Yes, because doing that generates more usage/feedback, which is often the most valuable single thing in helping guide improvements that are truly useful beyond the team. There were numerous examples of this inside Bell Labs in the 1970s, as per the Small is Beautiful talk here, but certainly things like C, awk and I think S, among others.

The BUGS software homepage has this warning; what exactly does it mean? Can someone elaborate?

It means that you’ve got to check carefully that your MCMC method has worked for your problem (convergence, mixing, etc). If you have analytic expressions for posteriors, you don’t have this problem (also semi-analytic results, like a posterior with a 1D integral that you need to compute numerically).

It’s the boilerplate warning on any complicated numerical method for solving difficult problems. (And it’s nice to see it explicitly written down!)

Hmm… what other warnings should be explicitly written down?

“Newton’s method is inherently less robust than analytically solving for the root.”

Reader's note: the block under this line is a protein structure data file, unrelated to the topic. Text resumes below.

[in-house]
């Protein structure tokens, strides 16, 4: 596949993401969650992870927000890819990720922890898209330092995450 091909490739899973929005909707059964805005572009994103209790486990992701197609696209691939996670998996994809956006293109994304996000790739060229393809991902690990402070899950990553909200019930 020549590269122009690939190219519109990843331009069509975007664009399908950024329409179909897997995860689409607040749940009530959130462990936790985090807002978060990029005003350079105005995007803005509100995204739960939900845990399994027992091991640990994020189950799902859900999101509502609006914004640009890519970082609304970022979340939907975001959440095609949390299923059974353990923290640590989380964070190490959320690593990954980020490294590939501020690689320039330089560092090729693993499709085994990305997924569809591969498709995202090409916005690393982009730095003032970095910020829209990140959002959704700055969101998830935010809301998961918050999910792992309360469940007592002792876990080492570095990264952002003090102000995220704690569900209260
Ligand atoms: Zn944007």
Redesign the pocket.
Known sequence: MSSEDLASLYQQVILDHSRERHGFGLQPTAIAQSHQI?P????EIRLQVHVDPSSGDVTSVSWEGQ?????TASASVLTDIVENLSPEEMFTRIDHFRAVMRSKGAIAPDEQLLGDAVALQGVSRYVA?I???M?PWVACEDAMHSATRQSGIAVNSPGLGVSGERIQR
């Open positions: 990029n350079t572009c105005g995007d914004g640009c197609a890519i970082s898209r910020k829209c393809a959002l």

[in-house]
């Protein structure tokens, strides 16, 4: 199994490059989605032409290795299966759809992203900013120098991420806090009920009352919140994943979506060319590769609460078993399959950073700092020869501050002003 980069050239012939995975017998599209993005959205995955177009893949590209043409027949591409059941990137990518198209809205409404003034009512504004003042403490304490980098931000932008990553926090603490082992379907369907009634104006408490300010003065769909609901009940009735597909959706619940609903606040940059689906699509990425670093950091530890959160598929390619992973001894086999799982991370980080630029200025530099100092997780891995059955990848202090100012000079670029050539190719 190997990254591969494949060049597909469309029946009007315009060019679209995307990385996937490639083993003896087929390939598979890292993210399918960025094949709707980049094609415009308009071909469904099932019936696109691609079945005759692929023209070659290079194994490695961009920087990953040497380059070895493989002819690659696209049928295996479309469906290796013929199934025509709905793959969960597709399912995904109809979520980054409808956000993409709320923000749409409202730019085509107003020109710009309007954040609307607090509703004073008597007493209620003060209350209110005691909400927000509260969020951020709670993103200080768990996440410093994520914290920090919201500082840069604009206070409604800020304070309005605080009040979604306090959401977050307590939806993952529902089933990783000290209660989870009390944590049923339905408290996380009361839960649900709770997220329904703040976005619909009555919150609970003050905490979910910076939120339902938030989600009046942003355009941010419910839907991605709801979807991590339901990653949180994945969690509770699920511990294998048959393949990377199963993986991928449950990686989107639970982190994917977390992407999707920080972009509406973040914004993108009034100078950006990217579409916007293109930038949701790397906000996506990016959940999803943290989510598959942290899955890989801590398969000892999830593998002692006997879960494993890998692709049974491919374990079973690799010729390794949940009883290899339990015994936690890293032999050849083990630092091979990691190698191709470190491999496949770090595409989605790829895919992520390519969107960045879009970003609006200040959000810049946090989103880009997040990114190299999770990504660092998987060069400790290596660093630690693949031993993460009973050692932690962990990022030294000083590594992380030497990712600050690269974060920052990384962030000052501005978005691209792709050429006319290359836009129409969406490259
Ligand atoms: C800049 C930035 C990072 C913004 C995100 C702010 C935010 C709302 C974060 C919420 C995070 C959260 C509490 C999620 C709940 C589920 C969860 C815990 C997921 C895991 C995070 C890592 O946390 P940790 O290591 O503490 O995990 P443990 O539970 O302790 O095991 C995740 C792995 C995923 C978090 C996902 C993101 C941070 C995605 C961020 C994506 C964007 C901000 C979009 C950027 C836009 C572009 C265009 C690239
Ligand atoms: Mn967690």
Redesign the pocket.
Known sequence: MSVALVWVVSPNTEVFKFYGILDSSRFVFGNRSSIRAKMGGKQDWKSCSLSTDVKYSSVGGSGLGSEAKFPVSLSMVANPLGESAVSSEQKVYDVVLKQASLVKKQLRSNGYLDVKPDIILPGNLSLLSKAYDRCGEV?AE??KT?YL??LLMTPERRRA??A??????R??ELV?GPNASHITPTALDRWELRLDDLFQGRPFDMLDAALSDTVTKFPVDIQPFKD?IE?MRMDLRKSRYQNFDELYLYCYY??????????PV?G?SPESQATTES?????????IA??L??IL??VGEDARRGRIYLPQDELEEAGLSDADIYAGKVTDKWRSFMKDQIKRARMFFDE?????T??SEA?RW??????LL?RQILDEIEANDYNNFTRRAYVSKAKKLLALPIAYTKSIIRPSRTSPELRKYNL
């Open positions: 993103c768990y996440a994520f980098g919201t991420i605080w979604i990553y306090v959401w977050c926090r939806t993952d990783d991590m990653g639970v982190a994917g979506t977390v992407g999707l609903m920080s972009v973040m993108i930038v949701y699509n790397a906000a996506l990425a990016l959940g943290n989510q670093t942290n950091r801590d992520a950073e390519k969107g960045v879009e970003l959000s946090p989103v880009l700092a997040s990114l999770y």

“Using Excel is inherently less robust than, well, a good lot of things.”

“A black-box approach to statistics is inherently less robust than understanding WTF you’re doing.”

“Quitting Spreadsheets Now Greatly Reduces Serious Risks to Your Research”

Any plans for Stan to handle an auto-regressive (time series) type model?

Noah:

Yes, we can already handle such models (at least some of them). Just write down the joint density and go with it. Soon we will have functions implemented and this will make it easier to use such models as building blocks in more complicated systems. But you can already specify an AR model, either by directly writing y[t] given y[t-1] in a loop, or by constructing the covariance matrix and writing the multivariate normal.